If you have a missing adult tooth, you've probably thought about possible types of replacement. For a long time, most people with three or fewer consecutive missing teeth opted for bridges to fill in the gap. In the last three decades or so, more and more patients began to choose dental implants instead of bridges or dentures.
But how do you know if dental implants are right for you? In this blog, we give you the answers to three of the most common questions about this process to help you determine if you should ask your dentist about implants.
1. What Are Dental Implants?
A Swedish orthopaedic surgeon created the dental implant process in 1952. Today, dental implants are the standard solution to missing teeth. Each implant consists of two parts:
When cared for properly, these dental implants can last for a patient's lifetime and will need only periodic adjustments and regular cleanings.
2. How Long Does the Implant Process Take?
The dental implant process requires two separate surgical procedures, the first to place the screw and the second to anchor the crown. Overall, the entire procedure can take between six and eight months.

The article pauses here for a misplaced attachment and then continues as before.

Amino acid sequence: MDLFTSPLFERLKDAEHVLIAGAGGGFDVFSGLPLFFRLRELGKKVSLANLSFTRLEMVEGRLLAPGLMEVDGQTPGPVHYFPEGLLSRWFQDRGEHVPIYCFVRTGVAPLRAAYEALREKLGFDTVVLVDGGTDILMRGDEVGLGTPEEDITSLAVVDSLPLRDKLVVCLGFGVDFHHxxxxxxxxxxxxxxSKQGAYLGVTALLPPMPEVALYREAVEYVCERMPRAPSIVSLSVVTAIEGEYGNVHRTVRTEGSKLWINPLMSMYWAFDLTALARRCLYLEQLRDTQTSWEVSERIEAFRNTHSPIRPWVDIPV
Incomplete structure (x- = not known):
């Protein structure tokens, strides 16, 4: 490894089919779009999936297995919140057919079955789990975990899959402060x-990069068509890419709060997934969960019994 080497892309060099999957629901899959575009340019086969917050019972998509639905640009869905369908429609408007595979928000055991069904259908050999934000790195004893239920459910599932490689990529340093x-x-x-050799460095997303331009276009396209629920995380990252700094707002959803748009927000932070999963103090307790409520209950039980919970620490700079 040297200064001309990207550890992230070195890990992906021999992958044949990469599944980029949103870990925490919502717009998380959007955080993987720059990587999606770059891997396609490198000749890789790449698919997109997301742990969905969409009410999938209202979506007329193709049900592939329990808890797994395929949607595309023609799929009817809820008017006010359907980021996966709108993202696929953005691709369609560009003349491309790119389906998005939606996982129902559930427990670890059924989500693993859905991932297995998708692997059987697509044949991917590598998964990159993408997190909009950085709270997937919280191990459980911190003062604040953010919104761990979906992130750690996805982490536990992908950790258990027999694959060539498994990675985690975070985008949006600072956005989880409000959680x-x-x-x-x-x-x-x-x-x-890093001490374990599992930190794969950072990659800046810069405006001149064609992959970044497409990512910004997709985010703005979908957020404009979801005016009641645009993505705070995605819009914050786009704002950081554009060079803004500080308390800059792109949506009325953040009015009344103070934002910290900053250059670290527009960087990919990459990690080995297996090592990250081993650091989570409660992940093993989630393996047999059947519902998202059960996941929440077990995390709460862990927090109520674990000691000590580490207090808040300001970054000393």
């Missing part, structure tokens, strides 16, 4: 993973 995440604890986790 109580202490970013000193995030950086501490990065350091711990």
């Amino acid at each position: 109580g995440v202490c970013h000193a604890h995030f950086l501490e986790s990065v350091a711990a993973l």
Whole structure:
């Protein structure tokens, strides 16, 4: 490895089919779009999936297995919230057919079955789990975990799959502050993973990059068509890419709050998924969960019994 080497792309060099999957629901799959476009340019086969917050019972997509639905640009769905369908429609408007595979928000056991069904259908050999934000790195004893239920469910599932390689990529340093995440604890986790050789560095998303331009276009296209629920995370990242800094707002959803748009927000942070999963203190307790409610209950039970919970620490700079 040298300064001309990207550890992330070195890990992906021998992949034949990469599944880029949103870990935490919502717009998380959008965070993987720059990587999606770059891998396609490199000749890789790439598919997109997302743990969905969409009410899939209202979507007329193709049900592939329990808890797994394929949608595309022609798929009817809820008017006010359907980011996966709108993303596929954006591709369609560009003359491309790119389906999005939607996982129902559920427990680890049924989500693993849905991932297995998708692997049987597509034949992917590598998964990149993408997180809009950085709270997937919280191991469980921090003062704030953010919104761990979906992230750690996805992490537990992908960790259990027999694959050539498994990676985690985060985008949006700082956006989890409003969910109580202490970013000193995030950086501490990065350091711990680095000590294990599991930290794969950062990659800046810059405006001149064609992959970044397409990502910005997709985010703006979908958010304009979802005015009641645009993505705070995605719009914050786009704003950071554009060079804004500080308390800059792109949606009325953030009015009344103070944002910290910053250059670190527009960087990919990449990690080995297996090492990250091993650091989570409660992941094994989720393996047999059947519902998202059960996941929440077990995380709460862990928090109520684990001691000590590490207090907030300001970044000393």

The first appointment usually takes about as long as a traditional filling. However, once your dentist places the screw, you may need three to six months for it to fuse to your jawbone.
When the screw becomes stable, you'll come back in to be fitted with an artificial tooth. This appointment may take slightly longer because your dentist will need to take a mould of your teeth and create the crown.
Depending on your dental office's resources, crown creation could take a single day or several weeks. However, the actual attachment process takes very little time.
3. How Do Dental Implants Differ From Other Treatments?
For patients who qualify, dental implants often offer the best solution for missing teeth. Unlike dentures or other surgical fixtures, like bridges, dental implants provide the following benefits:
To qualify for dental implants, you need good oral and overall health. The procedure can be affected by some prescription medication, tobacco products and some health conditions. Talk to your dentist to find out if your medical history makes you compatible with implants.
If you think dental implants could help you speak, chew or smile normally and confidently again, ask your dentist about the procedure. He or she can determine whether you are a good candidate or not. And if you don't currently qualify for the procedure, your dentist can help you make changes to improve your oral health and overall candidacy.
Dental implants have helped thousands of Australians smile. Use the information in this article and the recommendations of your dentist to determine whether or not this procedure is right for your goals and situation.